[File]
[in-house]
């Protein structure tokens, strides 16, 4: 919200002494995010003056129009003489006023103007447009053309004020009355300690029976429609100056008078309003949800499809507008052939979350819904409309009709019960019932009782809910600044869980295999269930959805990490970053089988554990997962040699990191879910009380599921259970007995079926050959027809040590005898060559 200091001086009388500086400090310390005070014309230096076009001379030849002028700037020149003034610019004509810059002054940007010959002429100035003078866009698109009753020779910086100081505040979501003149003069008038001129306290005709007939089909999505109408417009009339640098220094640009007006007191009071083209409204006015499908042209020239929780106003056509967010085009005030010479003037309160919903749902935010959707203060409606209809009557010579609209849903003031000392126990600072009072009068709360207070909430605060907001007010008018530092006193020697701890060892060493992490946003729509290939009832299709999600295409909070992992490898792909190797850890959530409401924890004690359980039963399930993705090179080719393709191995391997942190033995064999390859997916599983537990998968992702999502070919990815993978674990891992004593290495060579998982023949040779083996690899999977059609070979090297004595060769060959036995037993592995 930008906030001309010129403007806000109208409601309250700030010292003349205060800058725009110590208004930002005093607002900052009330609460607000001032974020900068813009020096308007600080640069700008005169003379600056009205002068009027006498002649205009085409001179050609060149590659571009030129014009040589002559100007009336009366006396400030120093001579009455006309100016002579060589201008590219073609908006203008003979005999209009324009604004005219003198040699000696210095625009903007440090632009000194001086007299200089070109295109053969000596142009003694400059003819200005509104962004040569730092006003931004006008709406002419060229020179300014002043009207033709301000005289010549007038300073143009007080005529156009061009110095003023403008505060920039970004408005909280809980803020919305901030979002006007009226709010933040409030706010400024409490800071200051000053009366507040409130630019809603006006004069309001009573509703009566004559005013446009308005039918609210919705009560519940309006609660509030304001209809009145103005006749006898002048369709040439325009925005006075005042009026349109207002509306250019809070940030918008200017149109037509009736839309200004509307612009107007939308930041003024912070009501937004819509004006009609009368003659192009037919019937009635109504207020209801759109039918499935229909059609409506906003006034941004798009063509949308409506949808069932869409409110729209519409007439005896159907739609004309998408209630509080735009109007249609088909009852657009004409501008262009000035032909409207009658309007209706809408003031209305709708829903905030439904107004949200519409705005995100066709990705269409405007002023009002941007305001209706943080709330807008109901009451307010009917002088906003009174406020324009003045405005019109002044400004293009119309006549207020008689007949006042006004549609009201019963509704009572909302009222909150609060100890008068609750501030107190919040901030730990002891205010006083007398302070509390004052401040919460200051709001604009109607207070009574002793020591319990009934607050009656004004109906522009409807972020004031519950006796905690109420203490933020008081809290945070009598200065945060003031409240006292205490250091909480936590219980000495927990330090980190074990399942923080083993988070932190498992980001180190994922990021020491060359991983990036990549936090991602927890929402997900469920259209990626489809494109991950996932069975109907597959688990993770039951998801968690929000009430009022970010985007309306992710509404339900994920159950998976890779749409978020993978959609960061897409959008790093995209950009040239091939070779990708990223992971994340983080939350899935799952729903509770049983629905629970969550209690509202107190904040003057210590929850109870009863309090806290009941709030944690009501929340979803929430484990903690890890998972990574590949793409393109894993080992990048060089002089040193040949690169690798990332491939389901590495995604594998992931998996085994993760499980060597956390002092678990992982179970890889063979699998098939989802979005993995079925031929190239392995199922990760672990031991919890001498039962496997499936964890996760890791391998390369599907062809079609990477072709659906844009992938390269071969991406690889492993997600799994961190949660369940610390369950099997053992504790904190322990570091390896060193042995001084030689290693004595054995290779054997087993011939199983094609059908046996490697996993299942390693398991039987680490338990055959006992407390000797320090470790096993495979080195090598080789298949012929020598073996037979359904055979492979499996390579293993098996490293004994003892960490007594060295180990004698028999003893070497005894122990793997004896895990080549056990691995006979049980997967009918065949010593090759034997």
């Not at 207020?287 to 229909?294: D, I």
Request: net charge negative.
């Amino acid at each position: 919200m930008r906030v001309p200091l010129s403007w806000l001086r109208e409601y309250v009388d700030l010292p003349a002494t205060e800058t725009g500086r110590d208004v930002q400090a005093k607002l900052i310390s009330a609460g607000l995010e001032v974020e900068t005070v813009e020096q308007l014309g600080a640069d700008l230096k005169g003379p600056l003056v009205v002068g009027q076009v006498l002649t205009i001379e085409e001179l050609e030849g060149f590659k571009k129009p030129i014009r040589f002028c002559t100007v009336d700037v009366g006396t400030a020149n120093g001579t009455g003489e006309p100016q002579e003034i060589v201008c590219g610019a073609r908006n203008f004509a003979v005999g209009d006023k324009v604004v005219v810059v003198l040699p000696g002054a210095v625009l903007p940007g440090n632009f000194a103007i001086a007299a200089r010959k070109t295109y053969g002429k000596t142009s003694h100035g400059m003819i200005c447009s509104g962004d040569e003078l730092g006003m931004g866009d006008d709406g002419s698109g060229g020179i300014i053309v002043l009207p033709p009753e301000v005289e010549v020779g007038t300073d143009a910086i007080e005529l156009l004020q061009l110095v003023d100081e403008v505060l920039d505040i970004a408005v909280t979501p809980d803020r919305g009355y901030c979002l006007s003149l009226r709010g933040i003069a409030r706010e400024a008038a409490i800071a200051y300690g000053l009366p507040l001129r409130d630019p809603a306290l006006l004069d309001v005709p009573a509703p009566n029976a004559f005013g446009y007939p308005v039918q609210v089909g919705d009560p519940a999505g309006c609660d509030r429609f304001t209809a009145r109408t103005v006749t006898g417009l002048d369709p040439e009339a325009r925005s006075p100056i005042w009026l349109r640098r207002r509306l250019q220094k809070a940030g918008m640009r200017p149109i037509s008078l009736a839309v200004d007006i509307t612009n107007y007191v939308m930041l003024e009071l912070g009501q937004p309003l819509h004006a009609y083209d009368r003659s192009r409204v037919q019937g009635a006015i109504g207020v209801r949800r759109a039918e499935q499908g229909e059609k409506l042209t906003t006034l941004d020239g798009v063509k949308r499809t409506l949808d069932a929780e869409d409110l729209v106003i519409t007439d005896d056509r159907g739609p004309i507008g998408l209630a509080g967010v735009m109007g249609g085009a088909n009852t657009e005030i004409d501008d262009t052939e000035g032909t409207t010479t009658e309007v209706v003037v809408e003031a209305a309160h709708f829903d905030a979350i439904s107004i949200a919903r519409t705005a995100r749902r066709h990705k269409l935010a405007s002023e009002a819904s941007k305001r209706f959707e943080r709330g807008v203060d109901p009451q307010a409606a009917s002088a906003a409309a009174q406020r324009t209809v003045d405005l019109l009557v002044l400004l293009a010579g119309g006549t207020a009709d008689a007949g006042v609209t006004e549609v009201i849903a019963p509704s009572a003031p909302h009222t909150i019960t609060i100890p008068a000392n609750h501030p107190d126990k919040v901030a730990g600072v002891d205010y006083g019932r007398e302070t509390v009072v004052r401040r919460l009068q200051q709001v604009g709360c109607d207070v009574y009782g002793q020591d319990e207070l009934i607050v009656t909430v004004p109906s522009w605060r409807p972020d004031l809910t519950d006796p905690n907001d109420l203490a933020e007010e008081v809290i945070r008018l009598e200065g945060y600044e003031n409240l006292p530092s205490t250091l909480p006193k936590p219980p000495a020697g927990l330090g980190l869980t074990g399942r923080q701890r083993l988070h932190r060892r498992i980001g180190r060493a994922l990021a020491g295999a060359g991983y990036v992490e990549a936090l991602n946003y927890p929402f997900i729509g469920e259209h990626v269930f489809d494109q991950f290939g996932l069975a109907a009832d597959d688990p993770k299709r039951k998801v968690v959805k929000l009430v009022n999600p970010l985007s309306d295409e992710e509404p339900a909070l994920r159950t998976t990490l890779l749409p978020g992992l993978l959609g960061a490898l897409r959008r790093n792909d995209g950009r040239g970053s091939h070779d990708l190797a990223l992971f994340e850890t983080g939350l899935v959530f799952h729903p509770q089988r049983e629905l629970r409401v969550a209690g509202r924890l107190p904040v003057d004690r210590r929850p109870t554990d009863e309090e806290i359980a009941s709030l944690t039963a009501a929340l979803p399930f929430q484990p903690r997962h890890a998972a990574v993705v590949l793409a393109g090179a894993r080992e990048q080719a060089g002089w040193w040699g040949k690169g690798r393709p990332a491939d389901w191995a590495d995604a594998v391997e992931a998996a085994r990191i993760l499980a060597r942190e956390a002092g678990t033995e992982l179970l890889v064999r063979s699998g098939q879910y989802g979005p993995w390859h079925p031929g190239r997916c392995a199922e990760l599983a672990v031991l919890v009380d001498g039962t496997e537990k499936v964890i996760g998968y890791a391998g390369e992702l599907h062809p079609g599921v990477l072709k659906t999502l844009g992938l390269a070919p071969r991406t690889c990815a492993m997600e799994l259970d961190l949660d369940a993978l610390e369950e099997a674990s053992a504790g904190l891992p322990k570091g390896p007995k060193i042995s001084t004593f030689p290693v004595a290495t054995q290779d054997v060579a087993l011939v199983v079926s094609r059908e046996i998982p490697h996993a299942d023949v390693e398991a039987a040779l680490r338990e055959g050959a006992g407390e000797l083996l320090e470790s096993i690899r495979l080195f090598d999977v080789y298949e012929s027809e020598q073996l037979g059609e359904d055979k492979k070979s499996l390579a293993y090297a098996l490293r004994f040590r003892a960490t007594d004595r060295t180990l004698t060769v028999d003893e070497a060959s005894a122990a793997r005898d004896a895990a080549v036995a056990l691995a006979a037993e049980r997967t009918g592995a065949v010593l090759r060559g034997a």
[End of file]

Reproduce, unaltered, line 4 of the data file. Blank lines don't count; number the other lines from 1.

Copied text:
Request: net charge negative.